Question: But how [crosstalk] do we get to fo…
Leila McDowell, Vice President for Communications for the NAACP: We can, what’s, excuse me, we can take one more question. Go ahead.
Question: Eric Wesson, The Call newspaper. How do you get the focus back now away from the tea party resolution back on jobs [crosstalk] and the things that people are [inaudible].
Reverend Al Sharpton: Easy. You all need to ask them to deny or admit whether they’re for state’s rights and breaking down where labor laws, work to right laws in states, immigration, civil rights, all of that. Since you all got it out there. It’s like getting center stage. You all got it the show set, now tell ’em, sing. Sing on whether or not they agree on state’s rights. You all have limited the debate on whether they called us a name, rather than trying to change the Kingian form of government. So I don’t want you to get off the tea party, I want you to make them answer the right question. I don’t care if they like me. What I care is they try to change the power equation that’s going to protect us. And that’s what Ben Jealous and all of us said.
Question: Ben, Ben could you talk to us about that a little bit? [crosstalk]
Leila McDowell: Um, okay, I’m sorry [crosstalk] we have other reporters and we have to, after Reverend Jackson we have to end it. I’m so sorry.
Reverend Jesse Jackson: What I want to focus on, there are fifty million Americans that can’t get three meals a day. Forty million Americans are in poverty. Twenty million have no job. We cannot re-fund unemployment compensation, but we’re gonna fund a war with no end in sight. And all across America we’re closing schools and building jails. We focus on racing to the top but we need prenatal care, Head Start, and daycare, bottom up, so not to have jail kind of welfare on the back end. So on August twenty-eighth we, around, will be marching in Washington and Detroit and unemployment offices focusing on jobs and justice and peace. Jobs and justice and peace. When our budgets reflect the nation’s commitment to jobs and justice, and peace we’ll keep our eyes on that prize. And come October second we’ll be there in even greater numbers together. Jobs and justice and peace. We will not be diverted nor otherwise distracted by any other messages except put America back to work. We want jobs and justice and peace. Thank you so much.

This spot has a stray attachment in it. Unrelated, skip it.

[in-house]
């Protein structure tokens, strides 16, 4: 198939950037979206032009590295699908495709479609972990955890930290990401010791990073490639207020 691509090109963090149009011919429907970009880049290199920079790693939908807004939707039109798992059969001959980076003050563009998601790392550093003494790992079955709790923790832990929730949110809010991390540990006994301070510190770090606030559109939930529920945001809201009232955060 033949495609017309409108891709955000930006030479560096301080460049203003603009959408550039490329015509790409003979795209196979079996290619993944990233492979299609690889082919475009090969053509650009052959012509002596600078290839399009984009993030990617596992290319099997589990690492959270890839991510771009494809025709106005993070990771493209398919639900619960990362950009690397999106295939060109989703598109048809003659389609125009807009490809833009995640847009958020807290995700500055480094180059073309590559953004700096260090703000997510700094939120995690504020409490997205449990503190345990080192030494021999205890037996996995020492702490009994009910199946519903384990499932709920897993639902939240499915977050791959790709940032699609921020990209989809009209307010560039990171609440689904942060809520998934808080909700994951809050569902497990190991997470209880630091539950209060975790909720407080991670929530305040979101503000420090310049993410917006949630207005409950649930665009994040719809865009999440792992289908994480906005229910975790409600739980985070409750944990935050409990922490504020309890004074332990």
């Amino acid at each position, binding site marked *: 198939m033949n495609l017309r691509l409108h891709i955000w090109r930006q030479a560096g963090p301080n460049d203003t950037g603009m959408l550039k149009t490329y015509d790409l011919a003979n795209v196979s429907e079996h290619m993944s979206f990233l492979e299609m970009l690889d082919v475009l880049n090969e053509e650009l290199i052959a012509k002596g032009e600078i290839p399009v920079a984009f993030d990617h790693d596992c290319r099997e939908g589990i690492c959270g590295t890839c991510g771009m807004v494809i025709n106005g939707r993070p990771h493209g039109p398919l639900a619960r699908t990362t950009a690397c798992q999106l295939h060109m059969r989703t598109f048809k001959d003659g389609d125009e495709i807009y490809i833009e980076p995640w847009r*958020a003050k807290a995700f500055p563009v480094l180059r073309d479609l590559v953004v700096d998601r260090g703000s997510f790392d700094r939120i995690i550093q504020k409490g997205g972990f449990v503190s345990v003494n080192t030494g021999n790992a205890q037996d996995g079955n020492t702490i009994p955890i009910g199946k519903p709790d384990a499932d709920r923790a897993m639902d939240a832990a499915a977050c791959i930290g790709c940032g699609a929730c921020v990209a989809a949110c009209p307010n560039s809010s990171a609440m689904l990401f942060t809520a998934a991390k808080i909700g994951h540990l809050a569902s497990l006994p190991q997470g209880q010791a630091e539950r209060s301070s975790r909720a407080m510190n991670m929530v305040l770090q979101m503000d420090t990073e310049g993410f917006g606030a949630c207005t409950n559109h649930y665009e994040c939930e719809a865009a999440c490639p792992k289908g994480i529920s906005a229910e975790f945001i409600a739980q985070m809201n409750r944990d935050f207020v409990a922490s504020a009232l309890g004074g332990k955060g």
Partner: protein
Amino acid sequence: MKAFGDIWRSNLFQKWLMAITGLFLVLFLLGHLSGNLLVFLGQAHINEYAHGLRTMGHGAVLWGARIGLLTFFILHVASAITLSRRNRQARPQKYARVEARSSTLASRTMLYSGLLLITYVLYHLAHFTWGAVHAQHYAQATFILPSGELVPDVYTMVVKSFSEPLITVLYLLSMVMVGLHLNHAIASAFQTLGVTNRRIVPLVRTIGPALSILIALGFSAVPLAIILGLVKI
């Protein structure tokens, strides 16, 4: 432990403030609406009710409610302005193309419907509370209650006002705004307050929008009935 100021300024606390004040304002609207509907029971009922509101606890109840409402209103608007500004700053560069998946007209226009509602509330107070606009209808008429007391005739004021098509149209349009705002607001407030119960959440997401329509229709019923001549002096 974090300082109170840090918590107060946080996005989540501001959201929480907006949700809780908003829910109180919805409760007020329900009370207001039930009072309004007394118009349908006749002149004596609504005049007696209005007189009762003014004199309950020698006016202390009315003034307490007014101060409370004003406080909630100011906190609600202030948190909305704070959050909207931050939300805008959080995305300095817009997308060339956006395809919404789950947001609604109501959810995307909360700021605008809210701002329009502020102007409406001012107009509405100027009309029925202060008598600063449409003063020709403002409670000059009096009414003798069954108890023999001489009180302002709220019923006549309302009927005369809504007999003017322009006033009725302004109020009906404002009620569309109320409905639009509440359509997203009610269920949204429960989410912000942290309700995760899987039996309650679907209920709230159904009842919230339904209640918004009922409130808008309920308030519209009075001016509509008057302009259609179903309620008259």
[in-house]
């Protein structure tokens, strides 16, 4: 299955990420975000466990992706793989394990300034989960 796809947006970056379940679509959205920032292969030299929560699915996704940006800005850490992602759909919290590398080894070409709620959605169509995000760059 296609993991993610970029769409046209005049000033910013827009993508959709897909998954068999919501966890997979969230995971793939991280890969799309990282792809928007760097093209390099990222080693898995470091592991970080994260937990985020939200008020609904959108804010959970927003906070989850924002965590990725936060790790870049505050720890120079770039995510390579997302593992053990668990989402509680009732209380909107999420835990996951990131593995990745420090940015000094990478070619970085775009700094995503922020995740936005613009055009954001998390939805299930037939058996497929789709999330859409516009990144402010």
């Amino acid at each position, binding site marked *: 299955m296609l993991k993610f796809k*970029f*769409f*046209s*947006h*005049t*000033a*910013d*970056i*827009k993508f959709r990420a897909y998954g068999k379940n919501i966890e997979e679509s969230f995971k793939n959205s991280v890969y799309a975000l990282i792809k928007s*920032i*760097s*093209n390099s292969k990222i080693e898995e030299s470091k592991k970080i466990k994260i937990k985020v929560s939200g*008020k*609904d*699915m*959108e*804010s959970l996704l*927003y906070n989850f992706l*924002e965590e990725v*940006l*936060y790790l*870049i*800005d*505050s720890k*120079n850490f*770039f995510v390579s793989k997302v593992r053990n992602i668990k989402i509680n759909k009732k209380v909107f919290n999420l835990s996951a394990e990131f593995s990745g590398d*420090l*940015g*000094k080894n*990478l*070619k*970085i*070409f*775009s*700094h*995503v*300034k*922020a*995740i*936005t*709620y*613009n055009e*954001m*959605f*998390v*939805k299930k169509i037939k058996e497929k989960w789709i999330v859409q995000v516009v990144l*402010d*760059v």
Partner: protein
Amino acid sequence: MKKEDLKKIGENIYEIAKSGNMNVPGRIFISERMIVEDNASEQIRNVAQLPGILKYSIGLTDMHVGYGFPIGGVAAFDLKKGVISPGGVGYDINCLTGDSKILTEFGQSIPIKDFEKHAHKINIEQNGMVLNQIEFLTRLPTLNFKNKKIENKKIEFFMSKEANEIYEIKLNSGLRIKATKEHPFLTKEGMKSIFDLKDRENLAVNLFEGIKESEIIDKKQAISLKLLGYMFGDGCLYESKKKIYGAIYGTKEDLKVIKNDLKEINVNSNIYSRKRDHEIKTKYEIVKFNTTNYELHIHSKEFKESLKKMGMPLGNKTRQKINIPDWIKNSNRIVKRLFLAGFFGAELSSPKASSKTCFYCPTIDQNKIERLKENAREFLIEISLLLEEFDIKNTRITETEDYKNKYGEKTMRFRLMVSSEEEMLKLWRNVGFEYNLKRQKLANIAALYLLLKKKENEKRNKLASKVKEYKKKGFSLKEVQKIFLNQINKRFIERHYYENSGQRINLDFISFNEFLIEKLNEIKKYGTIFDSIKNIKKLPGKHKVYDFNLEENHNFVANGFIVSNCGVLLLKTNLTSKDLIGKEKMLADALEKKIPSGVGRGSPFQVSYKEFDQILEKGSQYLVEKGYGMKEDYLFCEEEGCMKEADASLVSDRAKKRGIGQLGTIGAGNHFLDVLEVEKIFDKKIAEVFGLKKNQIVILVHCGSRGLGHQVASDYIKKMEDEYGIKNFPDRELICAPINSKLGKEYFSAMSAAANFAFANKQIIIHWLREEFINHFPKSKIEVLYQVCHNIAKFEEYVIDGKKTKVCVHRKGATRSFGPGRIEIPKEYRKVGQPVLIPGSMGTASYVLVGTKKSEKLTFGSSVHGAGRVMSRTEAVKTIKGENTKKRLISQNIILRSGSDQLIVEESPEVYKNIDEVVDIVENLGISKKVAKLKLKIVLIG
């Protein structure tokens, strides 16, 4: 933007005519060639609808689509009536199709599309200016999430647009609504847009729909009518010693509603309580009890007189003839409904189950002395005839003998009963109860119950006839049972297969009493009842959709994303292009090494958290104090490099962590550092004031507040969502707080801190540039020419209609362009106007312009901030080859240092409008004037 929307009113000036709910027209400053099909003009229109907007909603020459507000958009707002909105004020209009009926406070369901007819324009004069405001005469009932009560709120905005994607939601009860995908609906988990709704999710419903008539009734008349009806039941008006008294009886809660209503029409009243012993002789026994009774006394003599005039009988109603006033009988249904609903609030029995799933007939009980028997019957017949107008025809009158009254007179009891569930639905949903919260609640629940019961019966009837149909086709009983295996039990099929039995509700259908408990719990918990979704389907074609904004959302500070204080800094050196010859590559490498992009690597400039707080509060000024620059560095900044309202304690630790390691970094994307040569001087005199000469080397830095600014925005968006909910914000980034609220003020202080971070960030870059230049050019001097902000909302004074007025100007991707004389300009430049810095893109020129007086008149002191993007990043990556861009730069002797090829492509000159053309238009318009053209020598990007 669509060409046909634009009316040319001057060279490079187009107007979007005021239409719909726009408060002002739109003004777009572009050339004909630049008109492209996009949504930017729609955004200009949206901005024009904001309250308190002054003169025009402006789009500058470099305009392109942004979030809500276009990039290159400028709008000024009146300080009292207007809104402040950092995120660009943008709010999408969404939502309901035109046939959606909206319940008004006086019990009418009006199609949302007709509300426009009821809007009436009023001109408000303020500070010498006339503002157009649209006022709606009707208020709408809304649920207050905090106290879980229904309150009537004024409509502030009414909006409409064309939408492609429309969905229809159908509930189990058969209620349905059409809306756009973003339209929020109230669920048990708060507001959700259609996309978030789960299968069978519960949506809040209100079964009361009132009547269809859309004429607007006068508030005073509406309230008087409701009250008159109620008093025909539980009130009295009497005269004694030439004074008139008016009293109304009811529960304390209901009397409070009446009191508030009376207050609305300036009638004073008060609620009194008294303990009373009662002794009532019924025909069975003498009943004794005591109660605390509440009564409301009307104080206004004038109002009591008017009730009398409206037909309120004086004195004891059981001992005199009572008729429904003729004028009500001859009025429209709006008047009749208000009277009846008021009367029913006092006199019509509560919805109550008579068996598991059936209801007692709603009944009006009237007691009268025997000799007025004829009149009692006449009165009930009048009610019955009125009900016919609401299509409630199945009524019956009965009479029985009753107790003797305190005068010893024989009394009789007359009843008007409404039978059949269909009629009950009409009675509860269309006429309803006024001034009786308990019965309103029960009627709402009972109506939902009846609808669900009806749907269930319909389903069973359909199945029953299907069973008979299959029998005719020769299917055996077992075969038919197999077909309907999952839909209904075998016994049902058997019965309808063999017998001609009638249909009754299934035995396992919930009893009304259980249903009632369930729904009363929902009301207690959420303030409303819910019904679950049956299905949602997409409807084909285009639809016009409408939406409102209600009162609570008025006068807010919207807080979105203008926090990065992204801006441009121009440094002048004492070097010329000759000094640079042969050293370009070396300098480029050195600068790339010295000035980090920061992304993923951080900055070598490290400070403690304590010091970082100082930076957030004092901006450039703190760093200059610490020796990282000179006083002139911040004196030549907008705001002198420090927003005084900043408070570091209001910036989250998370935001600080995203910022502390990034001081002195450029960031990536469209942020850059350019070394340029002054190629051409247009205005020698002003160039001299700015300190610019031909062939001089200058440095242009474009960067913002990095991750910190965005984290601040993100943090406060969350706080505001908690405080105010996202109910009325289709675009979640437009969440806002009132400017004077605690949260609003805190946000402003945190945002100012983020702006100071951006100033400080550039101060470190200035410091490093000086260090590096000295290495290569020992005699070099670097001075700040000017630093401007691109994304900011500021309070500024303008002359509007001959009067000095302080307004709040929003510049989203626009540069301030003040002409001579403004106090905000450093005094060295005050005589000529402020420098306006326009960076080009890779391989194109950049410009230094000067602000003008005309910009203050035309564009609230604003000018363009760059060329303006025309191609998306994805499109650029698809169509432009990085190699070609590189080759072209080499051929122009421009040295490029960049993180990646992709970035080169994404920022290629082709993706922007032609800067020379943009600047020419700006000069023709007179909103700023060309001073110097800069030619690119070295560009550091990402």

Leila McDowell: And we’ll have President Jealous. We’re gonna have President Jealous give the last words.
Benjamin Todd Jealous: The, um, we, we considered seventy, approximately seventy-five resolutions at this convention. There’s only one that the media’s focused on. Sixteen of those resolutions were on criminal justice, more than a dozen were on the issue of, of education. I gave a forty-two page speech, half of one page addressed the tea party. That’s all anybody’s talk
ed about. We need the media to pay attention to the issues that are most important to this country. It’s fine if you want to pay, focus on one half of one page of a forty-two page speech. But we’d appreciate you focus on at least half the other pages, too. Or, or half of another page. We talked about education, we talked about jobs, we talked about criminal justice. We talked about this march where we have people from hundreds of communities across the country who have been here for days planning for a very big and robust march on Washington to put the focus back on jobs, to make sure that the issue of education is dealt with, to make sure that what Frederick Douglass said about com, uh, about the issue of, of immigration, actually goes into action which is that we base it on human rights principles and not mere expediency. That’s what all of us have been saying.
Thank you and God bless, we’ll see you inside the panel….